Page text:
Before reflecting further on this clusterfuck of a litigation history, it is interesting to see what the European Court of Human Rights did with this formal vs. practical impossibility argument:
76. The issue in the present case is the applicant party’s position, restated in the present proceedings before the Court, that women should not be allowed to stand for elected office in general representative bodies of the State on its own lists of candidates. It makes little difference whether or not the denial of a fundamental political right based solely on gender is stated explicitly in the applicant party’s bye-laws or in any other of the applicant party’s internal documents, given that it is publicly espoused and followed in practice.
This seems correct. In the Minister’s defence, however, his decision was meant only to cover the period until the Court would rule, so a certain status quo bias on his part was defensible.
Another fairly obvious thing to say about this litigation is that it shows once again why it is not a good idea to have four highest courts, as the Netherlands does. (In addition to the High Council and the Council of State, which we already encountered above, there is the Central Council of Appeals and the Commission of Appeals for Business.) There is no good way to resolve the tension between the judgement of the civil courts and the judgement of the administrative courts. However, this is a discussion that has been going on for decades, so far with little success.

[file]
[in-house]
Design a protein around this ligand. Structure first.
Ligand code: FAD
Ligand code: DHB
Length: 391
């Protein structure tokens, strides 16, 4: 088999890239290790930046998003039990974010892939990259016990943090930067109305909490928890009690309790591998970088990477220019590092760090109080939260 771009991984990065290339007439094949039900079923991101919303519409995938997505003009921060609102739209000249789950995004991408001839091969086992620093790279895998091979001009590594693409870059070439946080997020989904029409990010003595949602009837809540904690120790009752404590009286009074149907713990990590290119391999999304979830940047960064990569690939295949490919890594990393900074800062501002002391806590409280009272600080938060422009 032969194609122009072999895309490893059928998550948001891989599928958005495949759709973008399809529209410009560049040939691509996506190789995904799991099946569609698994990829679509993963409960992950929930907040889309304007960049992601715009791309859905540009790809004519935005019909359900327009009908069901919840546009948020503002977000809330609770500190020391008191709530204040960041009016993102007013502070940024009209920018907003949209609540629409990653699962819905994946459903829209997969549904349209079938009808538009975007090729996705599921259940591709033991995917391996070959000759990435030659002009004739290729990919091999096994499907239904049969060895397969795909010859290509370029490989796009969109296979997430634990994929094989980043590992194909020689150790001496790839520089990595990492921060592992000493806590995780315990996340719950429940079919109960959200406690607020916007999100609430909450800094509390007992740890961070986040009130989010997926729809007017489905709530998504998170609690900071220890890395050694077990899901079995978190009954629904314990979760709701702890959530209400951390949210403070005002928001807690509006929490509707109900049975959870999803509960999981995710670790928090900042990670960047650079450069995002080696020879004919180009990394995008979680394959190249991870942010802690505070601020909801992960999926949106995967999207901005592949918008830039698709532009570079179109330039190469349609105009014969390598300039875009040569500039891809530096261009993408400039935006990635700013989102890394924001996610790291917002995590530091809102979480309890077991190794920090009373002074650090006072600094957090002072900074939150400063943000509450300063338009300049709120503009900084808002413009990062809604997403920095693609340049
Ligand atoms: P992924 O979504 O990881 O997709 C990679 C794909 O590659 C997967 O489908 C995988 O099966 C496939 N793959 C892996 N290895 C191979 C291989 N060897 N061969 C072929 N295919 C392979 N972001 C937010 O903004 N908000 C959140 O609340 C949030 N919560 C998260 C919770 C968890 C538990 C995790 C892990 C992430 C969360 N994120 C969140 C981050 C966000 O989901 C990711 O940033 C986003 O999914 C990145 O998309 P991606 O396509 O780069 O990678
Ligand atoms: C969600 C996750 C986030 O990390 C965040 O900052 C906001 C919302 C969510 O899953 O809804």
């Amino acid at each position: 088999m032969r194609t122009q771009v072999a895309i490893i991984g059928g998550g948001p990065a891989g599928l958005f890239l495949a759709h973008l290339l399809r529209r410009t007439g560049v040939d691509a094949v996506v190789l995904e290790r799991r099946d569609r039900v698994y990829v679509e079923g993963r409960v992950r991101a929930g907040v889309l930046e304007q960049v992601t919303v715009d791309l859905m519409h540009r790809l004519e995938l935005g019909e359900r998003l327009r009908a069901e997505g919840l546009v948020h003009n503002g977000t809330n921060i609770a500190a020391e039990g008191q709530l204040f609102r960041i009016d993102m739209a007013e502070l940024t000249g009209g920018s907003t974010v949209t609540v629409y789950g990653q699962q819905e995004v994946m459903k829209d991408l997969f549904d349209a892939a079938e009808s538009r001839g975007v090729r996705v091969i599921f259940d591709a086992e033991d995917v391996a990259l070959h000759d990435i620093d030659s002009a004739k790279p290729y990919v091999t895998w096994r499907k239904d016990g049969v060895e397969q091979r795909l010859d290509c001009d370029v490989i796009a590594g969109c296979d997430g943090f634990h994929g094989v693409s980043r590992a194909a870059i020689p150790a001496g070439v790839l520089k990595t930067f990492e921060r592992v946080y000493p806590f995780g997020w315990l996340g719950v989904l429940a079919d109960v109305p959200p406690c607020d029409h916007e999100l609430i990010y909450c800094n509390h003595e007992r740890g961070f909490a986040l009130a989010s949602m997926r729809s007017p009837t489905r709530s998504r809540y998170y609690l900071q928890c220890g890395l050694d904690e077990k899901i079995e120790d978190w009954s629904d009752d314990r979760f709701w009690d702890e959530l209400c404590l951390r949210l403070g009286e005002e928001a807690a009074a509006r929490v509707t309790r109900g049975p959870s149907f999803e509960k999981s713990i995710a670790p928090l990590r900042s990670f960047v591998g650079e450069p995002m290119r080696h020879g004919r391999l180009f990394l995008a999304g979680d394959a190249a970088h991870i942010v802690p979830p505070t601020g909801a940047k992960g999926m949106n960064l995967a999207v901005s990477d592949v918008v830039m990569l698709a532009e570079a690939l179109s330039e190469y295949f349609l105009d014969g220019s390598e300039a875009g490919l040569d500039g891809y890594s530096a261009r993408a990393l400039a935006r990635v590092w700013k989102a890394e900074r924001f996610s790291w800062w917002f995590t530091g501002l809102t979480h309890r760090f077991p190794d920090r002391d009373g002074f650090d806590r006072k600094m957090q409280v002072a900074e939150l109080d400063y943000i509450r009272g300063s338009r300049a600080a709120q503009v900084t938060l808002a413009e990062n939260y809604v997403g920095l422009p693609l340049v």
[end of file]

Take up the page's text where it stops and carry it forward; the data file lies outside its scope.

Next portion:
The more interesting question is what to do with the SGP and its position on women politicians. For the ECtHR it is an easy one:
77. The Supreme Court, in paragraphs 4.5.1 to 4.5.5 of its judgment, concluded from Article 7 of the Convention on the Elimination of All Forms of Discrimination against Women and from Articles 2 and 25 of the International Covenant on Civil and Political Rights taken together that the SGP’s position is unacceptable regardless of the deeply-held religious conviction on which it is based (see paragraph 49 above). For its part, and having regard to the Preamble to the Convention and the case-law cited in paragraphs 70, 71 and 72 above, the Court takes the view that in terms of the Convention the same conclusion flows naturally from Article 3 of Protocol No. 1 taken together with Article 14.
78. That said, the Court must refrain from stating any view as to what, if anything, the respondent Government should do to put a stop to the present situation. The Court cannot dictate action in a decision on admissibility; it is, in any case, an issue well outside the scope of the present application.
79. It follows that the application is manifestly ill-founded and must be rejected in accordance with Article 35 §§ 3 (a) and 4 of the Convention.
This is almost certainly a correct application of the Court’s case law. However, personally I don’t like it. Much as I am perfectly willing to place the right of the inviolability of the person above the right of parents to carry out religious ceremonies with their children, that does not mean that I would resolve a conflict between the freedom of religion and the freedom of association on the one hand and the right of non-discrimination on the other hand in the same way. Specifically, I would object to this statement of the Court as being much too restrictive of genuine party pluralism: